International Journal of Business and Social Science

ISSN 2219-1933 (Print), 2219-6021 (Online) DOI: 10.30845/ijbss

 

Exploring the limits of Western Corporate Social Responsibility Theories in Africa
Kwasi Dartey-Baah, Kwesi Amponsah-Tawiah

Abstract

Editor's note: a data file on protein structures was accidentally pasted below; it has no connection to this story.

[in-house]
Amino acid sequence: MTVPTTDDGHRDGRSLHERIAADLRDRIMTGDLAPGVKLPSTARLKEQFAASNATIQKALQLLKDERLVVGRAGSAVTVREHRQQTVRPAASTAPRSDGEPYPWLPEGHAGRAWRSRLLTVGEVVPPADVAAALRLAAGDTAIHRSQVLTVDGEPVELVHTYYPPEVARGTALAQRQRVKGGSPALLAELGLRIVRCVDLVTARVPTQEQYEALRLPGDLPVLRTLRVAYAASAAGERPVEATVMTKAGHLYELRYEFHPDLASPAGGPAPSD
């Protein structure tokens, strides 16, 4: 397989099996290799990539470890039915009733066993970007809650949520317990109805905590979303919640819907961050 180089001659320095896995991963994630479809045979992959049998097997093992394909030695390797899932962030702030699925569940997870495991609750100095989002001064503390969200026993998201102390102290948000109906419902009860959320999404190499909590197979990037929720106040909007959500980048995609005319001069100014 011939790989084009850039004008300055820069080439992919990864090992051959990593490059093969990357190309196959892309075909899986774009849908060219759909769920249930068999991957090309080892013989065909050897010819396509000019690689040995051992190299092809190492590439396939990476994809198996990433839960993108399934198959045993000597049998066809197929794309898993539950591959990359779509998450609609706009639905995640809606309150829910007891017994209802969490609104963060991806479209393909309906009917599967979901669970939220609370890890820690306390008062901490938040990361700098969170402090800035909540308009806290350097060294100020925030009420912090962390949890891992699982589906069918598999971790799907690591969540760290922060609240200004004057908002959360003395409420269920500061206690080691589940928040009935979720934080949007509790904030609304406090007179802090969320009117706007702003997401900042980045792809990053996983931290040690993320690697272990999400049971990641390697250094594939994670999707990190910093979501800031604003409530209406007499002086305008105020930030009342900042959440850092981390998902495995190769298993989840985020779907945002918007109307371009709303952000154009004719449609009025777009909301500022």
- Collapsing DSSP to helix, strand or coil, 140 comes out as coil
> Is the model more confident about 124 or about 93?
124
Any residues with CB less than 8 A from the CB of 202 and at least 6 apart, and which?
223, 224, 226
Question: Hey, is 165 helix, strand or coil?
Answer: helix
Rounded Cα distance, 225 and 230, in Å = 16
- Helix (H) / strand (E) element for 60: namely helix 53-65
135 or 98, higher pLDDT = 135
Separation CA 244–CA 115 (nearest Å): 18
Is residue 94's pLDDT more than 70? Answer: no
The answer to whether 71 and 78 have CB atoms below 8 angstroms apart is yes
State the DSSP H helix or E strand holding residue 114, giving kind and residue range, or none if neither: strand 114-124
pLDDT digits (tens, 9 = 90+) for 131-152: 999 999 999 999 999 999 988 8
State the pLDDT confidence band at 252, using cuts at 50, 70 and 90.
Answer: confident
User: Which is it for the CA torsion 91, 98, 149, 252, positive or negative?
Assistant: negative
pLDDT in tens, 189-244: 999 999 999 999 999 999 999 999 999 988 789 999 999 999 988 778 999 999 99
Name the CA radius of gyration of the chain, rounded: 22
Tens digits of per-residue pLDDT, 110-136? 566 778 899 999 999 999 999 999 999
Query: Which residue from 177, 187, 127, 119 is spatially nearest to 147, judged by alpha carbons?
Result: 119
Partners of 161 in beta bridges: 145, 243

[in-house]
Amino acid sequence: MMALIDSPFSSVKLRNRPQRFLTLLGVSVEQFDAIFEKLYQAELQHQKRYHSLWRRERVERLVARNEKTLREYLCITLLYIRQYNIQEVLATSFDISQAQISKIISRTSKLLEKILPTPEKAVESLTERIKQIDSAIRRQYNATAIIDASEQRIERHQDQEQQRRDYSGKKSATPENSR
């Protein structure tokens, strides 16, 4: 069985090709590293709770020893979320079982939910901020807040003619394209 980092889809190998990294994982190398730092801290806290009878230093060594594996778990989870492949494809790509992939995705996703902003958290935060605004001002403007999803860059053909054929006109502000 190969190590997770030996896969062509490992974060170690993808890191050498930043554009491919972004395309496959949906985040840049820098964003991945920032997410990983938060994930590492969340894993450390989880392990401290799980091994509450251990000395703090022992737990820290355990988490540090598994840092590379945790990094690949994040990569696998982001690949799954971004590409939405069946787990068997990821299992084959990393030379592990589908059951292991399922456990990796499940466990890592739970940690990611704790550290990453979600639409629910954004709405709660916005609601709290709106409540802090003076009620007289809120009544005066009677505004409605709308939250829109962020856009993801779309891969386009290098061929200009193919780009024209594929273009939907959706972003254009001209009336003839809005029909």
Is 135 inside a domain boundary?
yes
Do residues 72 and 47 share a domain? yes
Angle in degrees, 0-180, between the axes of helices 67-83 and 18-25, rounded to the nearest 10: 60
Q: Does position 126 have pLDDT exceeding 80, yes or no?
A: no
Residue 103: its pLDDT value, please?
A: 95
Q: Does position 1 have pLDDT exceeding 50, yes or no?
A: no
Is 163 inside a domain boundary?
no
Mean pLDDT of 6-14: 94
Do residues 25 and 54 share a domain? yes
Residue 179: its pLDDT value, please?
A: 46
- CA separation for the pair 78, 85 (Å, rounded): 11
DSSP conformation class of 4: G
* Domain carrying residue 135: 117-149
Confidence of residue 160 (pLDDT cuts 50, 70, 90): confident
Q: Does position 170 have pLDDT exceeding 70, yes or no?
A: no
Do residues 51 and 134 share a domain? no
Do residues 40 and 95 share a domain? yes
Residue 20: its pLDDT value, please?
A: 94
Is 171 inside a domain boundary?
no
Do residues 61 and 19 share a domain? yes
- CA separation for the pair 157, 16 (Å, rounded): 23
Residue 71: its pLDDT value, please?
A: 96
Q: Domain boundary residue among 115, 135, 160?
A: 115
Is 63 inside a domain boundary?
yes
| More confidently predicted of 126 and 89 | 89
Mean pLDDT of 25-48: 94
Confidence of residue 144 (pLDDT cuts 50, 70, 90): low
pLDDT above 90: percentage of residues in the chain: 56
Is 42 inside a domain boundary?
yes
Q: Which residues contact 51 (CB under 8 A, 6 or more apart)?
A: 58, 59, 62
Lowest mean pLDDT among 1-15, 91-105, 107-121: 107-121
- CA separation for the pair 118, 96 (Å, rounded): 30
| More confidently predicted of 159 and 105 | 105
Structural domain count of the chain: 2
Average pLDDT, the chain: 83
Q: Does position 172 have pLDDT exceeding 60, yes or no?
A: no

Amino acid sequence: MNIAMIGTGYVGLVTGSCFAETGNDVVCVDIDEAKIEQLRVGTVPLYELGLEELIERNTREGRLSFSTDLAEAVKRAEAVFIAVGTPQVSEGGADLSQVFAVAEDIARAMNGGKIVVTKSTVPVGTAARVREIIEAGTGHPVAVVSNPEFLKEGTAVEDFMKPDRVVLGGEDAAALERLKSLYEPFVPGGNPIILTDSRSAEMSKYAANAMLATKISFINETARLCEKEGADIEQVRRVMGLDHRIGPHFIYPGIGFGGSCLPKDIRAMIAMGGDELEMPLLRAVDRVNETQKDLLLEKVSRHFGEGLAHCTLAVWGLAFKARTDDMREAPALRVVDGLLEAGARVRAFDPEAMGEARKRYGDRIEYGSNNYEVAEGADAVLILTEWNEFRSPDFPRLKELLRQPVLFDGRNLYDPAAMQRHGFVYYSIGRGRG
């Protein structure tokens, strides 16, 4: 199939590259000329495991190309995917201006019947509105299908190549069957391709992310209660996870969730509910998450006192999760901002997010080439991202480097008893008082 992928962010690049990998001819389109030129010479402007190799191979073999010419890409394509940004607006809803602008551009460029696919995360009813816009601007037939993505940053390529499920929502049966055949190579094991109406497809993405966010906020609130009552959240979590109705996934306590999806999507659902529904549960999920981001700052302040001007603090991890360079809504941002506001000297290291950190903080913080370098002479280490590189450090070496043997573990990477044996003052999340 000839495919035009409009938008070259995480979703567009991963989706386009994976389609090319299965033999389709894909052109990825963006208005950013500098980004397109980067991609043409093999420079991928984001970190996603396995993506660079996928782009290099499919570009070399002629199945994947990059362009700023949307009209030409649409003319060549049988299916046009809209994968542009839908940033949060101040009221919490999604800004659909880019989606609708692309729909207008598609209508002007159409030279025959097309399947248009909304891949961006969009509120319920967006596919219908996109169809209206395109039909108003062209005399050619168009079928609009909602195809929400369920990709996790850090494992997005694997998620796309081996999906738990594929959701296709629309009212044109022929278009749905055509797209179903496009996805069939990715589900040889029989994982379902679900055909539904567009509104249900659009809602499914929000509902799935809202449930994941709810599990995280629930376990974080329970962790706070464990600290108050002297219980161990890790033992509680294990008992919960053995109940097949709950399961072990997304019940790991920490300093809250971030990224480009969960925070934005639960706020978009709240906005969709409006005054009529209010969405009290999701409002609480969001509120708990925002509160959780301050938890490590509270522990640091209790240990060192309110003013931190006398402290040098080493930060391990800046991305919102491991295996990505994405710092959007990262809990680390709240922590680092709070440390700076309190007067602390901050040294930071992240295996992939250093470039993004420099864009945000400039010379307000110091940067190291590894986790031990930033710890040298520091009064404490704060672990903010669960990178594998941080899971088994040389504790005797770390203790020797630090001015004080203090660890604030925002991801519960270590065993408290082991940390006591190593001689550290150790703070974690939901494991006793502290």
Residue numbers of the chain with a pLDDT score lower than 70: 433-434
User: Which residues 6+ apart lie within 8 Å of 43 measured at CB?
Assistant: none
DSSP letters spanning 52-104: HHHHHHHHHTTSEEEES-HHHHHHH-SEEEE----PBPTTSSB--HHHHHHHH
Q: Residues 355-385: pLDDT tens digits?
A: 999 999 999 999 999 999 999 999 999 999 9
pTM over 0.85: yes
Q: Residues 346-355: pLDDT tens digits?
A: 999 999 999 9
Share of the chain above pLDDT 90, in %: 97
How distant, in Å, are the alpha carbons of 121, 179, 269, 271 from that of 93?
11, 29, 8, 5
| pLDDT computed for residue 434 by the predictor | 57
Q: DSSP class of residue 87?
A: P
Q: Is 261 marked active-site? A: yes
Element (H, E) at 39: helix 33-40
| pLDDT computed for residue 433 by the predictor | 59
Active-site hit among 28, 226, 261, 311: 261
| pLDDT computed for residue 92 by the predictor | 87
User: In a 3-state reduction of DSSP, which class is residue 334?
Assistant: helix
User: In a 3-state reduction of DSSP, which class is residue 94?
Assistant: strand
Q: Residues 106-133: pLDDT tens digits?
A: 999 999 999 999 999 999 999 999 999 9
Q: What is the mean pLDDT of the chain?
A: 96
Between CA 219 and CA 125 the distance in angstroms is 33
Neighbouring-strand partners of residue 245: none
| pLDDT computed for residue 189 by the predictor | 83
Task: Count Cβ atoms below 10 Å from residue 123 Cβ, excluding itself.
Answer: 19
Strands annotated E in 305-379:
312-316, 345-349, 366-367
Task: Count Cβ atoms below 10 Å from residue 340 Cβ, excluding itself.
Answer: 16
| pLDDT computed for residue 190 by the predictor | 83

Corporate Social Responsibility (CSR) is about the relationship of organisations with society as a whole, and the need for organisations to align their values with societal expectations. Generally, CSR practice in Africa is thought to be adopted from Western business theories although there is evidence to suggest that Western CSR theories are not totally applicable in Africa. This is due to differences in drivers or causes of CSR in the West and in Africa, as well as cultural and managerial traits in Africa. This paper explores the limits of Western CSR Theories in Africa and argues that improved ethical responsibilities, incorporating good governance should be assigned the highest CSR priority in developing countries. It further adds that increased legislation, change in CSR priorities and the application of indigenous CSR theories such as Ubuntu, African Renaissance and Omuluwabi are means of countering the limits of Western CSR theories in Africa.

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